Combining a Series of Sensors for a Cheap Spectrometer to Identify Everything

Need a reflectance spectrometer, but don’t want to pay a lot of money? You can either buy AMS’s AS7265X demo kit for about $100, or you can…

Cabe Atwell
2 years agoInternet of Things / Sensors

Need a reflectance spectrometer, but don’t want to pay a lot of money? You can either buy AMS’s AS7265X demo kit for about $100, or you can build your own like Kris Winer, for a much cheaper price tag of $25. Winer designed his own as part of this year’s Hackaday Prize, where contestants vie for cash prizes by showing ways on how technology can enrich humanity.

Reflectance spectrometers work using a pair of lights to measure the difference in reflectance on surfaces with different linear polarizations to identify materials. To put it more simply- different materials produce different wavelengths in varied amounts. Those wavelengths give materials their own specific fingerprints, making them easy to identify. Usually, reflectance spectrometers can cost an insane amount of money, but Winer is on his way to making them incredibly cheap, using just $25 worth of hardware.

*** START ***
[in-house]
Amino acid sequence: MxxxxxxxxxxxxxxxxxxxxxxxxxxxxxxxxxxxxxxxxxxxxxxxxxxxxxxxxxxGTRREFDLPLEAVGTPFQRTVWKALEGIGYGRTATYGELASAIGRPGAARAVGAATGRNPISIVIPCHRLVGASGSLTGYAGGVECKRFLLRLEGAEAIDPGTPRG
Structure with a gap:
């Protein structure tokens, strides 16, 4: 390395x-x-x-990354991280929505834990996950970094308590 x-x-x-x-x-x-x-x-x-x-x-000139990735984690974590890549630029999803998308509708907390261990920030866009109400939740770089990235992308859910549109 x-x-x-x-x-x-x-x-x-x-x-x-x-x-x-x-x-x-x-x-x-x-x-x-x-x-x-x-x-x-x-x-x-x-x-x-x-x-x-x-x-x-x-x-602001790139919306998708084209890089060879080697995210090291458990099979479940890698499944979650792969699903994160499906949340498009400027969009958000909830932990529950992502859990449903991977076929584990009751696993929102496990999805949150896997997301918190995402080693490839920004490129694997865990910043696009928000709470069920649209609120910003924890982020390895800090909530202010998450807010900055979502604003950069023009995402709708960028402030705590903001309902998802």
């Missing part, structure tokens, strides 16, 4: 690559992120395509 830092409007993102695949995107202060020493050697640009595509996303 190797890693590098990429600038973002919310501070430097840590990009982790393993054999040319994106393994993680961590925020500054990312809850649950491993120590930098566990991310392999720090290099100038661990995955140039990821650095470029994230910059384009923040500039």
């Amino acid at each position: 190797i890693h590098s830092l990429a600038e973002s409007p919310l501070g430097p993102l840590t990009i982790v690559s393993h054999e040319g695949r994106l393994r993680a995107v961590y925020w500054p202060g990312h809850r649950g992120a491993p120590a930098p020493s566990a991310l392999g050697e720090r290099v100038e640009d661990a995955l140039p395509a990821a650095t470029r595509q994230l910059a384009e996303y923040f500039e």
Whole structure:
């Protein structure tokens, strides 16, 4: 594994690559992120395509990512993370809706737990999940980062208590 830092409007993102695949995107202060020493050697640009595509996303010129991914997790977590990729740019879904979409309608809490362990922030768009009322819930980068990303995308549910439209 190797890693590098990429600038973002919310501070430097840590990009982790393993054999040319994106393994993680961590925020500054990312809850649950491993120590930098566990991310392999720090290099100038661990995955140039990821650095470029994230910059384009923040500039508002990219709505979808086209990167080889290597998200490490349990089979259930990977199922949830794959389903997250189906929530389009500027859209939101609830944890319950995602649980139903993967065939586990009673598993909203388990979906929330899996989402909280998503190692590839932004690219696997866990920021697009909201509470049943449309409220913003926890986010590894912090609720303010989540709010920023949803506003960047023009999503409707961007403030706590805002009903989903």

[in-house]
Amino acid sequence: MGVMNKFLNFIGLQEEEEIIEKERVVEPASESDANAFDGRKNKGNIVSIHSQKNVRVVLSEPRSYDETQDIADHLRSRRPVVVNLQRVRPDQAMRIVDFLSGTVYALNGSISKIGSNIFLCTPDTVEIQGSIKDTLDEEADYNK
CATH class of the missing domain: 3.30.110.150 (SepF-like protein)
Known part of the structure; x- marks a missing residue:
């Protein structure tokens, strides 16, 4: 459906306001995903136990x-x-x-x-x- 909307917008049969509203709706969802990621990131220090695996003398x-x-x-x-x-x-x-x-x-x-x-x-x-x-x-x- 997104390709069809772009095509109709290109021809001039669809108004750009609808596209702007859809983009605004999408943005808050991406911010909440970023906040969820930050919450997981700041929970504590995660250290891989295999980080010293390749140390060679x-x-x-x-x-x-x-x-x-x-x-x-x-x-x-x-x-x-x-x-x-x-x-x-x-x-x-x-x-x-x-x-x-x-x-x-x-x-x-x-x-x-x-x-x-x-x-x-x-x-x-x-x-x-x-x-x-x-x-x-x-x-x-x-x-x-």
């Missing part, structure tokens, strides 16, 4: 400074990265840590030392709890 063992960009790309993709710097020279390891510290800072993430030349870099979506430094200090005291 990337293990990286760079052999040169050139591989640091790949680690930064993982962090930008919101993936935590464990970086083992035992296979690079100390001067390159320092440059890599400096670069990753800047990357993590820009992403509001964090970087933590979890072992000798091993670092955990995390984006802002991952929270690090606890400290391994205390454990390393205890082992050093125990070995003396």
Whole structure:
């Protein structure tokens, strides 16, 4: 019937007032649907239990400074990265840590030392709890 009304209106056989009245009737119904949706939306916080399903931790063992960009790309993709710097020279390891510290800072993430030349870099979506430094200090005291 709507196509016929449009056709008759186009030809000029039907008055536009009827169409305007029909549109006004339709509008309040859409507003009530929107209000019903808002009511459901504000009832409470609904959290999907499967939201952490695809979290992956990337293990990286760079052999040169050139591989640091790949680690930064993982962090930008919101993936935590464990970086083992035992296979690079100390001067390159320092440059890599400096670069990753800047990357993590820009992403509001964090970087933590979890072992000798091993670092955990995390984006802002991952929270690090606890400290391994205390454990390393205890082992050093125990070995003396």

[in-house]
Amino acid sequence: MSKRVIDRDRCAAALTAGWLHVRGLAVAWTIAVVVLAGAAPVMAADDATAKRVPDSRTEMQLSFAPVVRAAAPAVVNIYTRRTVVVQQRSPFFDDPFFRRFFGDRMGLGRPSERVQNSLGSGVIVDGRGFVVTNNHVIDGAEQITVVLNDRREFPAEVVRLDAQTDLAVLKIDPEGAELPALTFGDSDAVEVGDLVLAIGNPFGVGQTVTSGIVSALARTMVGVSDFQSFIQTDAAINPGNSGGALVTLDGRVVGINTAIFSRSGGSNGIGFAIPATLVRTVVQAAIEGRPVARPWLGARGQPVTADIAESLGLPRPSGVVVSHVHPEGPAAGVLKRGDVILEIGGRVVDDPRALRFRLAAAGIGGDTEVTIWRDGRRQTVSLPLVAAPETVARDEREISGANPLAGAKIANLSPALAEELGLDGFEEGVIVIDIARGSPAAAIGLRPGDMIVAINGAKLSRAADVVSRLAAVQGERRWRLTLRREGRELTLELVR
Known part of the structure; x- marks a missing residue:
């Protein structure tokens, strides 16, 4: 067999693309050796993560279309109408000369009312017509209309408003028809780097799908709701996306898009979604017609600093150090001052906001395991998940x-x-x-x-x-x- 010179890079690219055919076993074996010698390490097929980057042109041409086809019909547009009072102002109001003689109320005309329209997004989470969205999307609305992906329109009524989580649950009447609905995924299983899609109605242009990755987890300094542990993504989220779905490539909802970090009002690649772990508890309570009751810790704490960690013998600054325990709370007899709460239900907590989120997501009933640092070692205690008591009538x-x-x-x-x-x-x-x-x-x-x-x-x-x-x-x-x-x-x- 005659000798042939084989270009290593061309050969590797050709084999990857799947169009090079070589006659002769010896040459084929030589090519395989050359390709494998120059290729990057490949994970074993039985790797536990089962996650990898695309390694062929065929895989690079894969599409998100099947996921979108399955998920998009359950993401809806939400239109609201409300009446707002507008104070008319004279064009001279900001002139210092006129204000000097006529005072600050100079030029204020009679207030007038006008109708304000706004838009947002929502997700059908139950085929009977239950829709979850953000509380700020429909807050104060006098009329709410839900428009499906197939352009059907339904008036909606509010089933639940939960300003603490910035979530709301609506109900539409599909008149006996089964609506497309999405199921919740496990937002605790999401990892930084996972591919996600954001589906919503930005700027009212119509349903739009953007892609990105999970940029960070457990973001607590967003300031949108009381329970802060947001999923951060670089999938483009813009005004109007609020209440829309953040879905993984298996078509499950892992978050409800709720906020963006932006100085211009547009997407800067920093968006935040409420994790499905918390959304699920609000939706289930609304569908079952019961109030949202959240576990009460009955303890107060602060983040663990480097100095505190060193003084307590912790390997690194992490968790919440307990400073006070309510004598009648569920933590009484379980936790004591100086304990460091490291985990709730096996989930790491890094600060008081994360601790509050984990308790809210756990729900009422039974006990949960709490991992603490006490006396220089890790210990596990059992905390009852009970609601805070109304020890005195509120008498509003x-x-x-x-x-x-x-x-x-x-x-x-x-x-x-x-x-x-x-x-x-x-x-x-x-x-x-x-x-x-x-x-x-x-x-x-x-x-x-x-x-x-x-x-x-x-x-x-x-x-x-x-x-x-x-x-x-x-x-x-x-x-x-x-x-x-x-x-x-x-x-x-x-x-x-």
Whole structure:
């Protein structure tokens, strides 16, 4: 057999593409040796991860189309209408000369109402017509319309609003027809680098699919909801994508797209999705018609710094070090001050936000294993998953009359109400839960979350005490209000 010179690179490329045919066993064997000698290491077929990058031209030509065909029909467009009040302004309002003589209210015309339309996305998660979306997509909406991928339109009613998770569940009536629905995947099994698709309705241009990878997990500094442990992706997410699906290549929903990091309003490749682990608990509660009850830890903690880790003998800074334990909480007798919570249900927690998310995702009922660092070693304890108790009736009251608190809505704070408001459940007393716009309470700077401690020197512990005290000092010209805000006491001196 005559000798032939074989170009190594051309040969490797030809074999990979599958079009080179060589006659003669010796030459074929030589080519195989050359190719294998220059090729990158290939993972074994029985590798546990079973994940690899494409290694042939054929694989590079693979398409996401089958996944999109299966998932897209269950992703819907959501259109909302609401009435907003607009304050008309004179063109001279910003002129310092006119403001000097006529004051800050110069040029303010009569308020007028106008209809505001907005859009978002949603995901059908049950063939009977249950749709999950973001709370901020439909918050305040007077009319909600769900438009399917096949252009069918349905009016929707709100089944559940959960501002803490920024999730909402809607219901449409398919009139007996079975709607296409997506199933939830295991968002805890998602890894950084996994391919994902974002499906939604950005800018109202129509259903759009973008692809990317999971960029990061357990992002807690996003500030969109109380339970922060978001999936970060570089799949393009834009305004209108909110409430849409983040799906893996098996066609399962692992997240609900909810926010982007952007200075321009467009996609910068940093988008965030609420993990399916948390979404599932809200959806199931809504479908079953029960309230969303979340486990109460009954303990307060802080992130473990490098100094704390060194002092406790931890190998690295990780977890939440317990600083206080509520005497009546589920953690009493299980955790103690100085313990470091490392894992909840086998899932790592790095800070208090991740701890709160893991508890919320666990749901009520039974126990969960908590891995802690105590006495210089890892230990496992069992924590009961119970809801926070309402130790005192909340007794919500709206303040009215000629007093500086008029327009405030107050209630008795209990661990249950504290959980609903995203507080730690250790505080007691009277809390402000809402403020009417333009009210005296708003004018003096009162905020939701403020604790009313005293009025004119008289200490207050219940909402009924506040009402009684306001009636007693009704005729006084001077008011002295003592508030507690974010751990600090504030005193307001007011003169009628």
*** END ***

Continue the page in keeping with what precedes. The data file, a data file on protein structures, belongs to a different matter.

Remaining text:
Winer’s build is similar to the AMS AS7265X board, which uses three different optical sensors to accurately identify materials using a master-slave-slave configuration, giving it a total of 18 different channels in the near IR spectrum. Winer’s version, on the other hand, was designed using various AMS spectrometer sensors taken from the company’s other offerings.

To make his spectrometer as small as possible, he designed a custom PCB to house the different sensors taken from AMS’s AS7262 and AS7263 boards. Each offers a 6-channel near IR sensor but with different resolutions — 40nm FWHM resolution for the former and 20nm FWHM resolution for the latter. Those slave sensors will feed into an AMS AS72651 master sensor, which offers another 6-channels with a resolution of 20nm FWHM resolution.

For illumination, Winer chose a 5700 K 90 CRI LED and a pair of IR LEDs, giving him one broad 18-channel spectrum to identify and distinguish between organic compounds. Winer is still in the process of developing his spectrometer and needs to tackle the issue of what firmware he needs or whether the master bus requires pullup resistors. If he can overcome these issues, Winer states his design could become the base for a functional modern tricorder.

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